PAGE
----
The Unilever takeover bid by American food giant Kraft may be back on again, if analysts at Susquehanna Financial Group are to be believed.
In a research note, they observe that while there’s no concrete evidence to suggest Kraft will make another offer, the circumstances make it likely that it will.
Kraft has not openly identified another potential takeover target since its failed attempt to buy Unilever, suggesting that it’s keeping its powder dry for a major move.
Unilever remains a good fit strategically if Kraft wants to expand into the food sector. Unilever shareholders, who have already seen the firm’s share price rise significantly after the initial offer, would stand to make a healthy profit in the case of a successful takeover, making it likely that they will back a potential deal.
Susquehanna also point to the fact that an initial negative answer isn’t necessarily the end of a large takeover story like this one. After all, the Anheuser-Busch Inbev takeover of SABMiller took several failed bids and more than a year’s worth of wrangling to complete. The note further stresses that by next month the six month cooling off period after a failed bid, which is mandatory under British law, will have come to an end. Kraft will therefore have both motive and opportunity to make another move.
So there are plenty of reasons for Unilever to prepare itself for a renewal of discussions with Kraft over the coming months.
But if the Anglo-Dutch company has a plan for dealing with it, it hasn’t shown it yet. It took a few symbolic measures to shore up investor confidence, including the selling of the company’s unprofitable Dutch heirlooms – the Van den Bergh margarine factories.
There is little evidence, though, to suggest that the company’s leadership actually understands the size of the challenge it is facing. Chief executive Paul Polman has used recent interviews to underline his commitment to the old way of doing things, most explicitly in a conversation with Jim Cramer on CNBC in early May: “I think it’s better if [Buffett] leaves us with what we know how to do well. There’s nothing wrong. Here you see two conflicting models: us, a long term compounding growth model, and someone here that really hasn’t proven that they can grow.”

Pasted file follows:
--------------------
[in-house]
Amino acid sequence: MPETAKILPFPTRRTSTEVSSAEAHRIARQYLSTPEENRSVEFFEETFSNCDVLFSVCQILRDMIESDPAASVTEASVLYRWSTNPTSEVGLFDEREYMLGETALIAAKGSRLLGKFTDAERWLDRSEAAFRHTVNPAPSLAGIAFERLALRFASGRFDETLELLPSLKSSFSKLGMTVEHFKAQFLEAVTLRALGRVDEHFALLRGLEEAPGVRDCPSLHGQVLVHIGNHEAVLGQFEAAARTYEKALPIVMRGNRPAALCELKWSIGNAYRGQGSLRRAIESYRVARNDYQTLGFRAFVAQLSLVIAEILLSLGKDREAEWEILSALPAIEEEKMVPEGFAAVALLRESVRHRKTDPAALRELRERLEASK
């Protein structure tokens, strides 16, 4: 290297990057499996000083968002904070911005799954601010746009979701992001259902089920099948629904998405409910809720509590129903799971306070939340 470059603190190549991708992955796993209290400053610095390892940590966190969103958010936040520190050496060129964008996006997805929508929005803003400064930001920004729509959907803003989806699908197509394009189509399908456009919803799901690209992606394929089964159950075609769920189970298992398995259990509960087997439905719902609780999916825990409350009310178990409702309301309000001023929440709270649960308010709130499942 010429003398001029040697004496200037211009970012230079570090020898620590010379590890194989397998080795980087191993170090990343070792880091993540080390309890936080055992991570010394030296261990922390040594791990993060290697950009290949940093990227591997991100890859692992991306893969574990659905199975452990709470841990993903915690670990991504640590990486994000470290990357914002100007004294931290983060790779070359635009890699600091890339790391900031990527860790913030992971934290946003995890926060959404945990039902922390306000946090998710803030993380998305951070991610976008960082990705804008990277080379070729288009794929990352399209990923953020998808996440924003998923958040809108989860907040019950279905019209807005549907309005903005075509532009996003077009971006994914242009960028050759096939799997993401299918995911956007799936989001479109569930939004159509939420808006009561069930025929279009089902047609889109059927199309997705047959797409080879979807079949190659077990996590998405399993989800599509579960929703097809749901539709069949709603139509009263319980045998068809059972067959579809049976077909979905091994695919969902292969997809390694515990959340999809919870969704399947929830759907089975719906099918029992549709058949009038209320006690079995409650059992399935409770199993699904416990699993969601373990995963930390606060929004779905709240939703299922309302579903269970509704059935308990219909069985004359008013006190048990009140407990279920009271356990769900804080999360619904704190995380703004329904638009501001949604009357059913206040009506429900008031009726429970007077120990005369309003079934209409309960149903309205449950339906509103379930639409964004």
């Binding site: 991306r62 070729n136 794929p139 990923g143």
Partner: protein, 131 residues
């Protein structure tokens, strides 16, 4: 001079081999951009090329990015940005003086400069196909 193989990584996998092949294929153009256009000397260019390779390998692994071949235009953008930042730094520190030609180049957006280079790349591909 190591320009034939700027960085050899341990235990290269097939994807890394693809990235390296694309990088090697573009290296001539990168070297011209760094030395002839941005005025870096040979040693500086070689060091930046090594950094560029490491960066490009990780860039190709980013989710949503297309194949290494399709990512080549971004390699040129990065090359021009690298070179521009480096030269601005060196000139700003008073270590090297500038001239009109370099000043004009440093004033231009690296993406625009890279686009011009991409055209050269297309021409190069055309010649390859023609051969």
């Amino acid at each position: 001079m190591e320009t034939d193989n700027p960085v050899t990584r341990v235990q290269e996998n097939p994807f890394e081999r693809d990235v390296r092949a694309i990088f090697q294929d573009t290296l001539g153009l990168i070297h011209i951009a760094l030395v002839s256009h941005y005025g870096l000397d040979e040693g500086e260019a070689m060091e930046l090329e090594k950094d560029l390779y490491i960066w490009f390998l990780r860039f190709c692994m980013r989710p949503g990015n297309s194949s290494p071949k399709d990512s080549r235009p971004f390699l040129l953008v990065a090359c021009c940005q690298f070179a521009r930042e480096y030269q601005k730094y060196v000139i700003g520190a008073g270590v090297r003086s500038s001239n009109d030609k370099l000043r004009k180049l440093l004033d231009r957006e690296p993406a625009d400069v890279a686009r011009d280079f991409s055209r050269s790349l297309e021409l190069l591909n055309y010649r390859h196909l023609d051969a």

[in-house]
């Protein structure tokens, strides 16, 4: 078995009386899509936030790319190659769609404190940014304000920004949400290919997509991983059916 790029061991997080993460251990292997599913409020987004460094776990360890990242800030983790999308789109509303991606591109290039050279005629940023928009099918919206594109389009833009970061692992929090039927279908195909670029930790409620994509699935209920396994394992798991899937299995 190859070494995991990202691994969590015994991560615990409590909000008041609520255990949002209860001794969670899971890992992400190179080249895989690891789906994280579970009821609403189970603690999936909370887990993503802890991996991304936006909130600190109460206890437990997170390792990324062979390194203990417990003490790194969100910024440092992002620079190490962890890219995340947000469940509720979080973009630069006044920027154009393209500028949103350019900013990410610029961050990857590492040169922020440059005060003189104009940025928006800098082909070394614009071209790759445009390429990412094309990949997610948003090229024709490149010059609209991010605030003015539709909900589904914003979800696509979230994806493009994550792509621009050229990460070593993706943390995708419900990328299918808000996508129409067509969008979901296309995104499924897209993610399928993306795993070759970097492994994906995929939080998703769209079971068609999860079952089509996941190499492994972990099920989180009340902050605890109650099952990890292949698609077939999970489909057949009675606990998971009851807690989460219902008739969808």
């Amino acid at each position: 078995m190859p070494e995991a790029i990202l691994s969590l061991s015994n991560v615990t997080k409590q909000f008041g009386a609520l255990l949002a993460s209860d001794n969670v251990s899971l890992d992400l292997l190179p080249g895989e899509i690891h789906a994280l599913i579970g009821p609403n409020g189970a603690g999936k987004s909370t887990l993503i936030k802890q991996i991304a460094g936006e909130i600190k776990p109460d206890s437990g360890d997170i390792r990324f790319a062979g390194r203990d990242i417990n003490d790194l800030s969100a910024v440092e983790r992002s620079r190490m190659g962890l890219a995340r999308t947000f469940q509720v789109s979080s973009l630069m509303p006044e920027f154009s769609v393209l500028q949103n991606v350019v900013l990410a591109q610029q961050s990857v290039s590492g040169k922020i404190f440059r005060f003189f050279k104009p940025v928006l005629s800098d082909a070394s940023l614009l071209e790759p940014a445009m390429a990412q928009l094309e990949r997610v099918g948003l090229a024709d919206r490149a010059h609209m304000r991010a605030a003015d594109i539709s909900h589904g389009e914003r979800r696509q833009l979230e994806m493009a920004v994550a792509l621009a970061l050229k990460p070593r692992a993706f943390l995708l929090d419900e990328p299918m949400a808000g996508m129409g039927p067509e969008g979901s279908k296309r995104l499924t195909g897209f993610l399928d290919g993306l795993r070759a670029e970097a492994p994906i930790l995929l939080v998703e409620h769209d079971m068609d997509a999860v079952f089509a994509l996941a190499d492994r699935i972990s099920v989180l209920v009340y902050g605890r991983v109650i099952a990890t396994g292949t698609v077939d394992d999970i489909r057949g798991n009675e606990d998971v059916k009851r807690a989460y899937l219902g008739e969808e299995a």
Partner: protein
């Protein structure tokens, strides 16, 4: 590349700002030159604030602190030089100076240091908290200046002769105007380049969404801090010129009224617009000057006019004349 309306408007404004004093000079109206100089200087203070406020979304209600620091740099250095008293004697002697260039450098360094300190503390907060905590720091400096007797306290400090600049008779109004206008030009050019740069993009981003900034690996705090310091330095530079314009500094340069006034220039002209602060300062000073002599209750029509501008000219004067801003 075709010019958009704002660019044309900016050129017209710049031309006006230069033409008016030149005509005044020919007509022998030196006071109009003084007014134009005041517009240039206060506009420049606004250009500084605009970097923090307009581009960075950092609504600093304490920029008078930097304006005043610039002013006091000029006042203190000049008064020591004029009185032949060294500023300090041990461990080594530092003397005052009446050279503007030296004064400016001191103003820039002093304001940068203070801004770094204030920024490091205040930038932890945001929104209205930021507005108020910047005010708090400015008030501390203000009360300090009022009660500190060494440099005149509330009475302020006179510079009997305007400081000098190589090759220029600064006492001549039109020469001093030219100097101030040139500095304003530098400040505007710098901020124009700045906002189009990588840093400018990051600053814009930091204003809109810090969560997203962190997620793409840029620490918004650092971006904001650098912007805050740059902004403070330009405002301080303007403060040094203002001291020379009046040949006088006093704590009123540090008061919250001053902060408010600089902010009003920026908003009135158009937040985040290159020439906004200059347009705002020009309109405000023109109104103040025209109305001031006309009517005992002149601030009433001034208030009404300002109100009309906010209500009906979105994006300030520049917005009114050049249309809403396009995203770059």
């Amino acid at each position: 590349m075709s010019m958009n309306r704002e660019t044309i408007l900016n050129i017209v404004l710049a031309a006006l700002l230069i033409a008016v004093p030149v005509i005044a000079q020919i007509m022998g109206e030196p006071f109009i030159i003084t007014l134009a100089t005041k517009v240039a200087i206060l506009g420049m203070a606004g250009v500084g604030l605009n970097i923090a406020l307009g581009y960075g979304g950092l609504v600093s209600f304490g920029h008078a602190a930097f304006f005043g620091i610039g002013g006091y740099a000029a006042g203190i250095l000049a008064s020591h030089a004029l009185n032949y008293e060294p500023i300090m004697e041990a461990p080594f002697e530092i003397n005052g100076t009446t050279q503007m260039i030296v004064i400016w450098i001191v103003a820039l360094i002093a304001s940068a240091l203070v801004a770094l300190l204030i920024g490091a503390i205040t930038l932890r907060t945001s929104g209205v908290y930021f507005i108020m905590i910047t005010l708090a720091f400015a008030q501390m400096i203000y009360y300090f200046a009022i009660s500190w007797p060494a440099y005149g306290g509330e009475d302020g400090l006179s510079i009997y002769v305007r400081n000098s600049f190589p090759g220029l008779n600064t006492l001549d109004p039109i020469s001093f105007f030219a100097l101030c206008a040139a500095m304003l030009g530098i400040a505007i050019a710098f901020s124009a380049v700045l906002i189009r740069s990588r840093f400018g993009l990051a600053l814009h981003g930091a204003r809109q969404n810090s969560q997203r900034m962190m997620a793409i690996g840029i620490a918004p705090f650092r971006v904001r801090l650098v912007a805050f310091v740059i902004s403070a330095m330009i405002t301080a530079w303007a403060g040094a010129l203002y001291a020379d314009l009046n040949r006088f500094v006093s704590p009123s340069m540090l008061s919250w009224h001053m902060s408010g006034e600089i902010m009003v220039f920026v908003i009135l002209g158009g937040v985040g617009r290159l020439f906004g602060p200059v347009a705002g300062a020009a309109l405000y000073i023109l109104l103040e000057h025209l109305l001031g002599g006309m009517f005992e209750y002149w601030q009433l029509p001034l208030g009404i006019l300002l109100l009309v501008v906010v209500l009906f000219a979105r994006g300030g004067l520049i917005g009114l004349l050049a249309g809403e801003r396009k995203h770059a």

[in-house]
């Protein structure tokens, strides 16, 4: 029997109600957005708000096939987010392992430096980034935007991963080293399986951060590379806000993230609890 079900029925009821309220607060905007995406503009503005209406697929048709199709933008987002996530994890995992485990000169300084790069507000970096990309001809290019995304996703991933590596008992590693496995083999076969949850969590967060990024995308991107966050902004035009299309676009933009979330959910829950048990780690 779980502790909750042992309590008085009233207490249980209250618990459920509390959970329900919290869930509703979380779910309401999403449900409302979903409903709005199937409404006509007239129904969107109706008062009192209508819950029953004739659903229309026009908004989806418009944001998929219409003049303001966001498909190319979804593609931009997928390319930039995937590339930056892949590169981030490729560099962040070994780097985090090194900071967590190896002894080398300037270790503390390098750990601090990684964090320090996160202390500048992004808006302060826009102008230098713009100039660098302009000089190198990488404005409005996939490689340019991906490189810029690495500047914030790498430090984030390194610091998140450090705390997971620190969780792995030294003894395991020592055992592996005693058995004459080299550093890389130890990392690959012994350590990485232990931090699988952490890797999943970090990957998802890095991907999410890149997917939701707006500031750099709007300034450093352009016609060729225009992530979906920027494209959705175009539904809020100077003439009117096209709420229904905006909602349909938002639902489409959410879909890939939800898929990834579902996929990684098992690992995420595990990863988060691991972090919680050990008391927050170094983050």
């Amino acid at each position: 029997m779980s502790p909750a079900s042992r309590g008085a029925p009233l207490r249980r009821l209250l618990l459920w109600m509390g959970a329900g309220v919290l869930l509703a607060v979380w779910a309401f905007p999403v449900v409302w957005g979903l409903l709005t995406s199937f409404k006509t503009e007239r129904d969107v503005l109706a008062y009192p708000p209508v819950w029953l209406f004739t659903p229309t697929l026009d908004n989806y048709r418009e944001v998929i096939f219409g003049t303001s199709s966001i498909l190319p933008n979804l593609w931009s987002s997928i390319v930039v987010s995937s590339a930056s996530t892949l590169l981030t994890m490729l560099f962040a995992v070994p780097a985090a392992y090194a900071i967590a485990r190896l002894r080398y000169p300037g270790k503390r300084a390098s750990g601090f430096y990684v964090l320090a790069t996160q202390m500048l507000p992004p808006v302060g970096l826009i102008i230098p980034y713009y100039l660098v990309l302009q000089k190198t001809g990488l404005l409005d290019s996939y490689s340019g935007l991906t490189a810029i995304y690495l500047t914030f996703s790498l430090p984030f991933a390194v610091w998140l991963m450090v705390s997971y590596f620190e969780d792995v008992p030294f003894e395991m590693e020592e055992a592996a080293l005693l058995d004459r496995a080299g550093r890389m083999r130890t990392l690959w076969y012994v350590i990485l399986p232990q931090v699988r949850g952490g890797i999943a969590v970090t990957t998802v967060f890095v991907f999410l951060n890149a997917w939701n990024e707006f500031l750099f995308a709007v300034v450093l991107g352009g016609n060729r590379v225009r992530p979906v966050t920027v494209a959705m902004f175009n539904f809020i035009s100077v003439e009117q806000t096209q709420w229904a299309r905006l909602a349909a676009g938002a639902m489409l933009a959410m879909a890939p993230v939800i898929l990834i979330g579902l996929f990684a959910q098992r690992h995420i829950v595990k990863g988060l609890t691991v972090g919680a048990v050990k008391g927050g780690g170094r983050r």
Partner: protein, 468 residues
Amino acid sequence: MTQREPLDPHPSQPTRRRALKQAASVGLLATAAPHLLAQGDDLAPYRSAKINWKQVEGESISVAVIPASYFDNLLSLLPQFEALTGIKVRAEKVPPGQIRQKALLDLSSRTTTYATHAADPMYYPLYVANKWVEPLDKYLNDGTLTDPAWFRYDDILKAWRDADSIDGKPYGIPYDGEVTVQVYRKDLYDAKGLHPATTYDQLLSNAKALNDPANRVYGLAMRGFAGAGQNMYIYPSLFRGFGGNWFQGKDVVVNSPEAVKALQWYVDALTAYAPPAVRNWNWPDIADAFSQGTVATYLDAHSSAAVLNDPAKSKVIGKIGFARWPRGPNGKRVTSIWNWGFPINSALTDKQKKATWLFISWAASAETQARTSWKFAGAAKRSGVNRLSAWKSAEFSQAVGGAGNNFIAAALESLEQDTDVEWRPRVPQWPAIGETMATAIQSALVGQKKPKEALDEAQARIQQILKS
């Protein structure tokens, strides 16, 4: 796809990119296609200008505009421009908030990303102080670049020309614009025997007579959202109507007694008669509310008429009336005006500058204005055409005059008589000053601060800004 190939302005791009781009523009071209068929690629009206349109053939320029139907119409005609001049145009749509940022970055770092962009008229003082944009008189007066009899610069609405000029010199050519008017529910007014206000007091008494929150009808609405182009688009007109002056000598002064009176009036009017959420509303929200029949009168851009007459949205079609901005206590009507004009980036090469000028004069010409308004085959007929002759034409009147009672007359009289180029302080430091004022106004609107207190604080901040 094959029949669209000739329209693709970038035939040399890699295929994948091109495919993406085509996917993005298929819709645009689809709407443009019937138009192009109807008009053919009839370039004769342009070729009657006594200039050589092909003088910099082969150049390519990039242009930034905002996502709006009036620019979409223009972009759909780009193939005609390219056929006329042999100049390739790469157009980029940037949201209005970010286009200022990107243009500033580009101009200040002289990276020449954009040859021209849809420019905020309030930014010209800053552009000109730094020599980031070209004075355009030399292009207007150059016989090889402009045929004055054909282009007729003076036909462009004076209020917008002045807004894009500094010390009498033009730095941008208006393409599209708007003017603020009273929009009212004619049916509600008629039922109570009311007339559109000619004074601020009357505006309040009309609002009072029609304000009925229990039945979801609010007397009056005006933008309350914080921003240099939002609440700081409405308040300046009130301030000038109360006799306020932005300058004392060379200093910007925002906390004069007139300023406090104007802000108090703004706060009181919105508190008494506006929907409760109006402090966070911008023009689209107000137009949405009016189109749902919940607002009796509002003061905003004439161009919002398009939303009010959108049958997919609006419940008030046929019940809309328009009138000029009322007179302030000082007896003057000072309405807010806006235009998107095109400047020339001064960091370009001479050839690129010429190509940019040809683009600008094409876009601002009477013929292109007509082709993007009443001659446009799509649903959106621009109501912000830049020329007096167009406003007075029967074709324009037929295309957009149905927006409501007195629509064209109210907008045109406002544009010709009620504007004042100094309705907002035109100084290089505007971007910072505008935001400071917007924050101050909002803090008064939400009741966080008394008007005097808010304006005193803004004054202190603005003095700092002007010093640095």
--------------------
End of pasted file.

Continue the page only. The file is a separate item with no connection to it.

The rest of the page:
If there really are two conflicting models, they exist only in Polman’s own mind.
On the one hand, there is the Unilever as he believes it to exist: “double the market growth, enormous returns”.
On the other hand, there is the real Unilever: a struggling outfit that, when faced with the failure of its emerging markets strategy, used artificial measures like increasing royalty payments from partner companies in countries like Indonesia, India, and South Africa, to paper over the cracks. A firm that’s share in 2016 underperformed the stock market to such an extent that financial papers ran comment pieces wondering “what’s wrong with the Unilever share?”. And a company that, even when confronted with such clear evidence of its own shortcomings, still claimed it was “surprised” when Kraft launched its takeover bid.
Instead of critically reviewing the causes of the Kraft takeover bid – its failed business practices – Unilever has spent the past five months lobbying the governments of the United Kingdom and the Netherlands to introduce protective measures against “hostile” foreign takeovers.
Fortunately, British and Dutch politicians have so far ignored the siren call of protectionism. Provided the merits of a final deal are clear, a potential merger shouldn’t be a political issue. In the end, it should be down to shareholders and employees to work it out between themselves.
Right now, Kraft’s seems the stronger case: it makes sense from a business-strategic point of view, and would significantly benefit shareholders. Should Unilever want to persuade the world to see it otherwise, it needs to up its game. There may be a case for a continued existence of Unilever as an independent market player, but a “there’s nothing wrong” message is clearly not enough.